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The need for bilateral pediatric bone marrow biopsies for cytogenetic and fluorescent in situ hybridization (FISH) studies has not been clearly delineated. We retrospectively identified 166 pediatric bilateral bone marrow biopsy specimens obtained from patients with a variety of clinical diagnoses, including solid tumors, lymphoma, leukemia, and other hematologic conditions. The cases included all pediatric bilateral bone marrow biopsies performed at our hospital spanning the years of 1992 to 2008. Agreement of FISH and classical cytogenetic results between the 2 sides was assessed. Of a total of 166 bilateral cases, 2 cases showed disagreement (1.2%), both from patients with solid tumors. One case was a rhabdomyosarcoma, in which FISH only was performed; the second was a neuroblastoma in which FISH and cytogenetics were performed (both FISH and classical cytogenetic results disagreed). The remainder of the cases showed complete agreement between the 2 sides (total 98.8%). We conclude that it is usually not necessary to perform bilateral bone marrow biopsies for FISH and cytogenetics in the pediatric population outside of the setting of solid tumor staging.
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The crystal structure of a bacterial Sufu-like protein defines a novel group of bacterial proteins that are similar to the N-terminal domain of human Sufu.
Protein Sci.
PUBLISHED: 09-14-2010
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Sufu (Suppressor of Fused), a two-domain protein, plays a critical role in regulating Hedgehog signaling and is conserved from flies to humans. A few bacterial Sufu-like proteins have previously been identified based on sequence similarity to the N-terminal domain of eukaryotic Sufu proteins, but none have been structurally or biochemically characterized and their function in bacteria is unknown. We have determined the crystal structure of a more distantly related Sufu-like homolog, NGO1391 from Neisseria gonorrhoeae, at 1.4 Å resolution, which provides the first biophysical characterization of a bacterial Sufu-like protein. The structure revealed a striking similarity to the N-terminal domain of human Sufu (r.m.s.d. of 2.6 Å over 93% of the NGO1391 protein), despite an extremely low sequence identity of ?15%. Subsequent sequence analysis revealed that NGO1391 defines a new subset of smaller, Sufu-like proteins that are present in ?200 bacterial species and has resulted in expansion of the SUFU (PF05076) family in Pfam.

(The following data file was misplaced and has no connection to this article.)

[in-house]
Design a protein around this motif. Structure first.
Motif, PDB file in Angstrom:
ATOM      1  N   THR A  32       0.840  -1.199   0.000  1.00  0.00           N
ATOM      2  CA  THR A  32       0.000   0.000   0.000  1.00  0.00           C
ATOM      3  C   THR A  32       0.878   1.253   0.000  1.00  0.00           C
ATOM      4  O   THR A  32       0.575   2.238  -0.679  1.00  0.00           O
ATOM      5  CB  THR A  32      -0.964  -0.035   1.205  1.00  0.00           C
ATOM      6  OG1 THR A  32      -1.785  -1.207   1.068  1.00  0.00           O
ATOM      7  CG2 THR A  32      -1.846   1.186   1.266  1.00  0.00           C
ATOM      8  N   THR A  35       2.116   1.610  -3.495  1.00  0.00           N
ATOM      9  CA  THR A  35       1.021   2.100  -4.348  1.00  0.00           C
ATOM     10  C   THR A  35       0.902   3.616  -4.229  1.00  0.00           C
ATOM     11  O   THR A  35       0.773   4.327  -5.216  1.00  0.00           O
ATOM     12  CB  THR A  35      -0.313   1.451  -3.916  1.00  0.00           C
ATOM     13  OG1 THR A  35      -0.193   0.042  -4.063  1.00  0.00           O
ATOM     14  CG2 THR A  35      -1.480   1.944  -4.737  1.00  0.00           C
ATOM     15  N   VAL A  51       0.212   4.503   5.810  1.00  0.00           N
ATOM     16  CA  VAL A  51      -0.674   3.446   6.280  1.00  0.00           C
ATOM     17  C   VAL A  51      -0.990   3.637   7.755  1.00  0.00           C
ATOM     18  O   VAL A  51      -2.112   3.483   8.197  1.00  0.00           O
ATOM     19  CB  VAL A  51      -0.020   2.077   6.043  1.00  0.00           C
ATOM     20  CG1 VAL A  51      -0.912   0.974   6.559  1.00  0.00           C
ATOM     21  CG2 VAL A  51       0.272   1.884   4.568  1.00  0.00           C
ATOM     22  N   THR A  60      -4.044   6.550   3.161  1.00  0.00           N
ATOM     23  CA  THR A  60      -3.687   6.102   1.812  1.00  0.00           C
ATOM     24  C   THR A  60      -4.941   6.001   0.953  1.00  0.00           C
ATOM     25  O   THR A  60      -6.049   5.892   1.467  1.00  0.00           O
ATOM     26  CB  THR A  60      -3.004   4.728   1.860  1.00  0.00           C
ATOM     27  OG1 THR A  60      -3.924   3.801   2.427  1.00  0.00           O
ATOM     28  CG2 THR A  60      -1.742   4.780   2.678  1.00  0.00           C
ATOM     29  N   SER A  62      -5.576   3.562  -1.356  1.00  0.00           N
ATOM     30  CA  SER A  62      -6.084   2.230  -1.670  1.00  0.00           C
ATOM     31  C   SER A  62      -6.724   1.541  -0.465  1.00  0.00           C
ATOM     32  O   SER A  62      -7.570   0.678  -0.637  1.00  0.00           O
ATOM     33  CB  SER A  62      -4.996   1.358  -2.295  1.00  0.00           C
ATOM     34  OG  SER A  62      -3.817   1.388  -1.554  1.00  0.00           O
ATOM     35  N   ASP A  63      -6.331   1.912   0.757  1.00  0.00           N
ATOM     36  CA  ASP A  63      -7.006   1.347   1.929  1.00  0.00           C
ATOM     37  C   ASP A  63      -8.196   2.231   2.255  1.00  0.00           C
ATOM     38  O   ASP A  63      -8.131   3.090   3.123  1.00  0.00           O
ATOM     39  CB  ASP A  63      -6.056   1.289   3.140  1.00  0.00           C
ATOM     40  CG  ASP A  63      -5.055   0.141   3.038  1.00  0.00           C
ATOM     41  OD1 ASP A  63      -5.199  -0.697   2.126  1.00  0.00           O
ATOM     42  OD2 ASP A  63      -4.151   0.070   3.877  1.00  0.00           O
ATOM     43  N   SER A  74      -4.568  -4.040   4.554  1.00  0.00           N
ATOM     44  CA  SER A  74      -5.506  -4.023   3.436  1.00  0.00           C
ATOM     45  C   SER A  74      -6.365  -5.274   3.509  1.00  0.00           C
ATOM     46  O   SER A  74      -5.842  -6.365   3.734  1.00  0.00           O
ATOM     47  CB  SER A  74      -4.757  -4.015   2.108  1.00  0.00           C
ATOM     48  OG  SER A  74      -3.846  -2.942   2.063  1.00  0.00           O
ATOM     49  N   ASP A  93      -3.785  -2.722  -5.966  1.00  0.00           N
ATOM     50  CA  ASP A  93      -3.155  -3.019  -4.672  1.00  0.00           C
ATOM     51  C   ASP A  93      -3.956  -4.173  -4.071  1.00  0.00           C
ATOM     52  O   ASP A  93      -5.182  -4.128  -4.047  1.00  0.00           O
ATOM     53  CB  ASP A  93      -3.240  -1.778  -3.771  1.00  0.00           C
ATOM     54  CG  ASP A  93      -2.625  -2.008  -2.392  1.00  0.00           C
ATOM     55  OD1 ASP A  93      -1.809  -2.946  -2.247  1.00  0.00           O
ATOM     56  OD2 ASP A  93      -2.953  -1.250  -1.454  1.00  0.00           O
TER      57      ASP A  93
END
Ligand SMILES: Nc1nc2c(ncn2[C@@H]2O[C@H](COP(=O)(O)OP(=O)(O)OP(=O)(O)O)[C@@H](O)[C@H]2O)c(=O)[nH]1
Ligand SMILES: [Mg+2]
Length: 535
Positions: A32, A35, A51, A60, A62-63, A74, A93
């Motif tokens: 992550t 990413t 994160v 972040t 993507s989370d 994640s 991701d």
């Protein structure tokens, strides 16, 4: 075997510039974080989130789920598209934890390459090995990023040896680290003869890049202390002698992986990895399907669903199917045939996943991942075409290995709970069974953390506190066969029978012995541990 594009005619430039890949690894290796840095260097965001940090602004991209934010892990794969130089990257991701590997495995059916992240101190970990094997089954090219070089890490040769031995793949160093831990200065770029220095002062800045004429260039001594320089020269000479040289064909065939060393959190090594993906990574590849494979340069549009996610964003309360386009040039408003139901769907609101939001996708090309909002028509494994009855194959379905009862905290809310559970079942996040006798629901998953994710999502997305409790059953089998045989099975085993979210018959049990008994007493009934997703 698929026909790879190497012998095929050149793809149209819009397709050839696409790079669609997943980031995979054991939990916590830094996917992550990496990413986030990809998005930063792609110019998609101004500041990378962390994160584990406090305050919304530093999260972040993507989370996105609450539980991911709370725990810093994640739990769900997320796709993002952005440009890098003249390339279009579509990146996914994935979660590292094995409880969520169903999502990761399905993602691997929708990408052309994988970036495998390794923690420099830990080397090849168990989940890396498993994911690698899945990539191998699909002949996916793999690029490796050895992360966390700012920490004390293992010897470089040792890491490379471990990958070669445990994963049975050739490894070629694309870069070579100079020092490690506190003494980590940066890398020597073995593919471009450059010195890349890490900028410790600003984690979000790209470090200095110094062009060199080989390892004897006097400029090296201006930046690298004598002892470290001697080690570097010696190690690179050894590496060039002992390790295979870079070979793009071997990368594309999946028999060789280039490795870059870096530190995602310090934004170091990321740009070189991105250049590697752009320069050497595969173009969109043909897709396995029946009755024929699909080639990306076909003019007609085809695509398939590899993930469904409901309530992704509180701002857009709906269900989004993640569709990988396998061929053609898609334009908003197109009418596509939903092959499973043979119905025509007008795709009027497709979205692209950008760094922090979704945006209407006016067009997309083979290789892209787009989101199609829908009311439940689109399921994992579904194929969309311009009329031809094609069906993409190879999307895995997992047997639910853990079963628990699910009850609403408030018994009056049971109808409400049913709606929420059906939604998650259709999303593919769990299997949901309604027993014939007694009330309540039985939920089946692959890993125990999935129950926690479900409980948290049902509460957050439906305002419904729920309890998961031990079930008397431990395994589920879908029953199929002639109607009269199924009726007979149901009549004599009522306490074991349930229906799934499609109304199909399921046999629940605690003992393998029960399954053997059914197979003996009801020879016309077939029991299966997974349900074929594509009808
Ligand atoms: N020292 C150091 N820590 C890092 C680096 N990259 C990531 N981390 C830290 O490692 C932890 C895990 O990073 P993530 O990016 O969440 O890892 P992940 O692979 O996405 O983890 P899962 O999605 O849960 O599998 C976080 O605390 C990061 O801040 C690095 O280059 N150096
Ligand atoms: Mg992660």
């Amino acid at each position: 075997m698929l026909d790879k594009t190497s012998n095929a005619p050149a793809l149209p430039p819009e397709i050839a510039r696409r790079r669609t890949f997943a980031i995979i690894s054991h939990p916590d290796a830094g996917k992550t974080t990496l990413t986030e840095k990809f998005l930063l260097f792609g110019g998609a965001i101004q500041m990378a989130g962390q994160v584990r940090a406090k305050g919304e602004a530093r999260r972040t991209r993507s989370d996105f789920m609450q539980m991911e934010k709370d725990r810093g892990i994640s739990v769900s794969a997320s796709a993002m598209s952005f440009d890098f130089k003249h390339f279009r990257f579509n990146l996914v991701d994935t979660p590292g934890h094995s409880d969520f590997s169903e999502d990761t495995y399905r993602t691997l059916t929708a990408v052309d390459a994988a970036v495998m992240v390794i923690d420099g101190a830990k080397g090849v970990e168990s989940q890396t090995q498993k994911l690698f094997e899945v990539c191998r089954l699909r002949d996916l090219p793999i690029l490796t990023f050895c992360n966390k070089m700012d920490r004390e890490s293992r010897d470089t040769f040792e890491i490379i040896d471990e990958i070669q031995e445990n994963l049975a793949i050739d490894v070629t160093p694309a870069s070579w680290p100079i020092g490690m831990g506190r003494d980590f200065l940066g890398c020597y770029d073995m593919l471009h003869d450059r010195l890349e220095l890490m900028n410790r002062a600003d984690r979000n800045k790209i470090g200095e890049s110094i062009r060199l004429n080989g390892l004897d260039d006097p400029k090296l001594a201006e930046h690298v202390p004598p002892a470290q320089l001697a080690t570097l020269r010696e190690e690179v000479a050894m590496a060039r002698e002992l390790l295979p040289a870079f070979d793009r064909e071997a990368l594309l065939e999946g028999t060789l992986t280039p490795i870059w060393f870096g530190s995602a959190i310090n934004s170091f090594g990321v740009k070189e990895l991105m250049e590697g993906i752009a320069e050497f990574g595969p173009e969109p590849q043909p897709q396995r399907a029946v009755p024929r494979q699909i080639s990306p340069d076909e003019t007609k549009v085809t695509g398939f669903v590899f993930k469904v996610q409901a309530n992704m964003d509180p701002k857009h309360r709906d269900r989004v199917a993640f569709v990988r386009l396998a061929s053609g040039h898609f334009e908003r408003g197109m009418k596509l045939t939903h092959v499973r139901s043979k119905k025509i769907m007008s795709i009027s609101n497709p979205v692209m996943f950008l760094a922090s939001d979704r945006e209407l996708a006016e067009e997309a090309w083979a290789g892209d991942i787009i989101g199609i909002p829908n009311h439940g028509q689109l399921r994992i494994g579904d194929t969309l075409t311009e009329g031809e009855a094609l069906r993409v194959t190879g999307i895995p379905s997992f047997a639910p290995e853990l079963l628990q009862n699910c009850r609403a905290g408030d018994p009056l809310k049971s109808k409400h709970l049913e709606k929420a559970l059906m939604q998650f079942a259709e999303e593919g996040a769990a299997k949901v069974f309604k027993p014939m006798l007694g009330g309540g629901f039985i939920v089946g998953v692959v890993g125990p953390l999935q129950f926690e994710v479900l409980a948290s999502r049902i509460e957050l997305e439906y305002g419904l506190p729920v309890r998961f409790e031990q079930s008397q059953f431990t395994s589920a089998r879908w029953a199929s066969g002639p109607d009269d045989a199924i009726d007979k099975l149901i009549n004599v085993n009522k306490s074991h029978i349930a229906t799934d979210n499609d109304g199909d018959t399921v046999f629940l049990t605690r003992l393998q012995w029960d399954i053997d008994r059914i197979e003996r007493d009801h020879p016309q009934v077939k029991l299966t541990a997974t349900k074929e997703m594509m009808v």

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Crystal structure of the ALK (anaplastic lymphoma kinase) catalytic domain.
Biochem. J.
PUBLISHED: 07-17-2010